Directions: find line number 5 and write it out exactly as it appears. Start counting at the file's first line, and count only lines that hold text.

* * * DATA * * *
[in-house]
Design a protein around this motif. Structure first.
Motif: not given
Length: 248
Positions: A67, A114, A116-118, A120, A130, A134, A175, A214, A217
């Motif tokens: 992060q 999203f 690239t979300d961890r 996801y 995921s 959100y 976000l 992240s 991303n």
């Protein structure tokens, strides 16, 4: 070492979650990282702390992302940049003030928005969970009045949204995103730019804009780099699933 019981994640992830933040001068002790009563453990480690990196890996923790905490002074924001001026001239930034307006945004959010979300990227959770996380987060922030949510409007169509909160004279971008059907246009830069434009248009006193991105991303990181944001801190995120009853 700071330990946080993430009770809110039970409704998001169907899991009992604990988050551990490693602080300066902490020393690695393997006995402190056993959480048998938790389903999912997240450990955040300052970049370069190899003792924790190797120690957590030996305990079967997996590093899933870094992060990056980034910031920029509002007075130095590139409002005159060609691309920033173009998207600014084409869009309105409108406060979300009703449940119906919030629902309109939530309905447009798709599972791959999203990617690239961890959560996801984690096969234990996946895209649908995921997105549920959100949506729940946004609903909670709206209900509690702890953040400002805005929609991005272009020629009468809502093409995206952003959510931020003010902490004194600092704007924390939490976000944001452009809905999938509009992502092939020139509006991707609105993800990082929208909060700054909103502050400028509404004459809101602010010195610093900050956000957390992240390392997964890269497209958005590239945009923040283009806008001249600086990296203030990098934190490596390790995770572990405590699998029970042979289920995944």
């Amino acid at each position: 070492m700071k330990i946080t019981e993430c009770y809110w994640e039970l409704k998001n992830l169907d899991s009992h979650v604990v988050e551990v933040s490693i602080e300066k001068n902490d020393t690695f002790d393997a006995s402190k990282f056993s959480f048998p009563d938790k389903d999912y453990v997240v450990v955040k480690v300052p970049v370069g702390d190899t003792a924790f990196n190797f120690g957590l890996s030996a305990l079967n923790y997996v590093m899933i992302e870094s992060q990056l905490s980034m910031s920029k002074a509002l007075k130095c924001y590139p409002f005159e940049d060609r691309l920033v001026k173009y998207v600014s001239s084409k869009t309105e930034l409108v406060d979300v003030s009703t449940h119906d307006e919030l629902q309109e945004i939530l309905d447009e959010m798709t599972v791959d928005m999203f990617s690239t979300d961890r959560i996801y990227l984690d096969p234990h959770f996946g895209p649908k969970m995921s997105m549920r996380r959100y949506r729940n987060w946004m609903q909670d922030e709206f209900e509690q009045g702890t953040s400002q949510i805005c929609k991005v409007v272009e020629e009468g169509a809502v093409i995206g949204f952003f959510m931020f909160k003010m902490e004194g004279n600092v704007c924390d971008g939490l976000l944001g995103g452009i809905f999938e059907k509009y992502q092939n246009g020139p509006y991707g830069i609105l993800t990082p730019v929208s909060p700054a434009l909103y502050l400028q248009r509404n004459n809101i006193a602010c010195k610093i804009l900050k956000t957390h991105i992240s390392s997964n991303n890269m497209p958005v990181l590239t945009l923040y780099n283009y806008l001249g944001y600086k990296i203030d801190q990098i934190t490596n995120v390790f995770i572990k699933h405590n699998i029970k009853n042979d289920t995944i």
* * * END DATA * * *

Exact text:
Positions: A67, A114, A116-118, A120, A130, A134, A175, A214, A217